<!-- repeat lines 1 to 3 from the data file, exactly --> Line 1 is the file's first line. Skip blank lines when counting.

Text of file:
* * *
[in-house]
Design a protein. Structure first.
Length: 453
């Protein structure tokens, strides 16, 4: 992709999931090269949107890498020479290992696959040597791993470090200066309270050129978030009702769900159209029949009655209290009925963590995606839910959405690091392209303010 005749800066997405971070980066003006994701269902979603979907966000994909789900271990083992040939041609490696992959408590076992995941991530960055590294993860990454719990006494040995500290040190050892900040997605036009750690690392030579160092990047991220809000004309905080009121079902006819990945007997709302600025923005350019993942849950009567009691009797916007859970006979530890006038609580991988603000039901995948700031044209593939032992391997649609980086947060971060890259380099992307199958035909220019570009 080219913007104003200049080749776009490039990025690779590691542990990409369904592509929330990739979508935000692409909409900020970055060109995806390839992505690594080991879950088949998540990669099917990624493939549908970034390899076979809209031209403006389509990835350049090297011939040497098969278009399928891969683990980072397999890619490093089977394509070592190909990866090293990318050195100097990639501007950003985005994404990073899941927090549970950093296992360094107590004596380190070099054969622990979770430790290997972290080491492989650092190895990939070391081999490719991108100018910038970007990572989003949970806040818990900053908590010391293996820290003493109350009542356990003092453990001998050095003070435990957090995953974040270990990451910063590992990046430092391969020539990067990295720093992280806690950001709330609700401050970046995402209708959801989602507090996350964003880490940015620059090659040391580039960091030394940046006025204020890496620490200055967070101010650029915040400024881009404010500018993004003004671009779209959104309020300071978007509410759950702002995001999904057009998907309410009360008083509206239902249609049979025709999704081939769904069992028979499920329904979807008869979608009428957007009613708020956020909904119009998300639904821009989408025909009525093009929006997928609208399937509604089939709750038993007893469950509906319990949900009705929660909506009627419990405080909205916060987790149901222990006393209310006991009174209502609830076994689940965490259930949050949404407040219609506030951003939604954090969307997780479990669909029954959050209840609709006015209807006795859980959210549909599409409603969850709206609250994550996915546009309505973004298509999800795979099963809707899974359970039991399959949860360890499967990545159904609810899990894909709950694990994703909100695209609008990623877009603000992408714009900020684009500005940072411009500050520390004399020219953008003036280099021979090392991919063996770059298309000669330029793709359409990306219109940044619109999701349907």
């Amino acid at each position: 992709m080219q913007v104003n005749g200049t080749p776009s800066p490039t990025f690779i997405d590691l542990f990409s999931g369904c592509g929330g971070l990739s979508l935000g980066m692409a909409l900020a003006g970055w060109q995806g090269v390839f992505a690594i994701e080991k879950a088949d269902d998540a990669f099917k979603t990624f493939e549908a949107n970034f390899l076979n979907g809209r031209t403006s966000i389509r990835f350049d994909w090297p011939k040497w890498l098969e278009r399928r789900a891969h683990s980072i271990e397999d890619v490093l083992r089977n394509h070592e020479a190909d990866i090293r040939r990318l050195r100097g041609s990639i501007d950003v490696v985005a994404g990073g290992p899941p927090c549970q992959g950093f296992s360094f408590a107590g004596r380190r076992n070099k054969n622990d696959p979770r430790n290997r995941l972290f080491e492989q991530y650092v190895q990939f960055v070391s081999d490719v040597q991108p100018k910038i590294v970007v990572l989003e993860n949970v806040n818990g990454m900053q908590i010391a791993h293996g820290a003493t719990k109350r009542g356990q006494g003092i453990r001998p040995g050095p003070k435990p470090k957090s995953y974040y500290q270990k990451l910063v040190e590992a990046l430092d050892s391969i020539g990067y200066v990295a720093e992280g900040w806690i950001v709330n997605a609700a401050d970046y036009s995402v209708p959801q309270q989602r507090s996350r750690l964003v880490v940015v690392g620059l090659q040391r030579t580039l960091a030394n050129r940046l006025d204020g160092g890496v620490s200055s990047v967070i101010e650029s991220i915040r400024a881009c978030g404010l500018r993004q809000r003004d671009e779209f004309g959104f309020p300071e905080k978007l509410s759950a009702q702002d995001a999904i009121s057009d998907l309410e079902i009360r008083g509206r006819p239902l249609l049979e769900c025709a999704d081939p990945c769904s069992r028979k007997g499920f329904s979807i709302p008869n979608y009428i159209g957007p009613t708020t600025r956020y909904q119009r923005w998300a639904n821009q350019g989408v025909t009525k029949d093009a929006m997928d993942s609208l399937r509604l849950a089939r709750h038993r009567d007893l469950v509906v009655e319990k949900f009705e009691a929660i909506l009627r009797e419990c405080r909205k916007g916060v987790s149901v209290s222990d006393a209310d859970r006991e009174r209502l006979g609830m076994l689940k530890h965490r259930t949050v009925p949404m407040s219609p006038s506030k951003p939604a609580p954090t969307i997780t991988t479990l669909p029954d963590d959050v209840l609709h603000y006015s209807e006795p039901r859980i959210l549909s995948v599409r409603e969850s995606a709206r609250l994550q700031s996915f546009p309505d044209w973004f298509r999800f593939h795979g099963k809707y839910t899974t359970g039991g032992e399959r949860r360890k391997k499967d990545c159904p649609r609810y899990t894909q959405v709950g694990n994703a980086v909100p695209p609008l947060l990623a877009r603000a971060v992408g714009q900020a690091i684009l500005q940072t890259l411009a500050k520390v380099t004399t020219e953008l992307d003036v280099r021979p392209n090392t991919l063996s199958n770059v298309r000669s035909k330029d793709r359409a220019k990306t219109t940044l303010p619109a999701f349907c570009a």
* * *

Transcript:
[in-house]
Design a protein. Structure first.
Length: 453